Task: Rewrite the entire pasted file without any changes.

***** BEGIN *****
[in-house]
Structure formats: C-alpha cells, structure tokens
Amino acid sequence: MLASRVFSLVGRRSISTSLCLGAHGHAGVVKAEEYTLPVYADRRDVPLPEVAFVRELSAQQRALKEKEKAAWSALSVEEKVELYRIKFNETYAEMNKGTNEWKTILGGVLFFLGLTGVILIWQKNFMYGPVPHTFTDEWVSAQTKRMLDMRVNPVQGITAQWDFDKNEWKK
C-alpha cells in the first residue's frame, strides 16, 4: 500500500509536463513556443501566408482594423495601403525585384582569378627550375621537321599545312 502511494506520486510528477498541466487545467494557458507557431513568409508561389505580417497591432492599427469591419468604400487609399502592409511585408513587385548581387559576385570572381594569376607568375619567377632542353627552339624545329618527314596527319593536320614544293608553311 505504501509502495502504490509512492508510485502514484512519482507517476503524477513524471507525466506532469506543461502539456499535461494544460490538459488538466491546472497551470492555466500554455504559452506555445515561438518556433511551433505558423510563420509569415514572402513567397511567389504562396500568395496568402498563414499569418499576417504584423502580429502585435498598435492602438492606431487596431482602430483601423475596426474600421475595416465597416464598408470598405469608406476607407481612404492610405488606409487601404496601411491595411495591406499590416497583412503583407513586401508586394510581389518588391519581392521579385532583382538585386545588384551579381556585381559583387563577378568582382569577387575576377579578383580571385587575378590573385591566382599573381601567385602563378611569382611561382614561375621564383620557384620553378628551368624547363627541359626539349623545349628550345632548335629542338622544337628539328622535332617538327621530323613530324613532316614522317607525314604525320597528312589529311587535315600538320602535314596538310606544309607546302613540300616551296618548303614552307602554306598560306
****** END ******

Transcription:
[in-house]
Structure formats: C-alpha cells, structure tokens
Amino acid sequence: MLASRVFSLVGRRSISTSLCLGAHGHAGVVKAEEYTLPVYADRRDVPLPEVAFVRELSAQQRALKEKEKAAWSALSVEEKVELYRIKFNETYAEMNKGTNEWKTILGGVLFFLGLTGVILIWQKNFMYGPVPHTFTDEWVSAQTKRMLDMRVNPVQGITAQWDFDKNEWKK
C-alpha cells in the first residue's frame, strides 16, 4: 500500500509536463513556443501566408482594423495601403525585384582569378627550375621537321599545312 502511494506520486510528477498541466487545467494557458507557431513568409508561389505580417497591432492599427469591419468604400487609399502592409511585408513587385548581387559576385570572381594569376607568375619567377632542353627552339624545329618527314596527319593536320614544293608553311 505504501509502495502504490509512492508510485502514484512519482507517476503524477513524471507525466506532469506543461502539456499535461494544460490538459488538466491546472497551470492555466500554455504559452506555445515561438518556433511551433505558423510563420509569415514572402513567397511567389504562396500568395496568402498563414499569418499576417504584423502580429502585435498598435492602438492606431487596431482602430483601423475596426474600421475595416465597416464598408470598405469608406476607407481612404492610405488606409487601404496601411491595411495591406499590416497583412503583407513586401508586394510581389518588391519581392521579385532583382538585386545588384551579381556585381559583387563577378568582382569577387575576377579578383580571385587575378590573385591566382599573381601567385602563378611569382611561382614561375621564383620557384620553378628551368624547363627541359626539349623545349628550345632548335629542338622544337628539328622535332617538327621530323613530324613532316614522317607525314604525320597528312589529311587535315600538320602535314596538310606544309607546302613540300616551296618548303614552307602554306598560306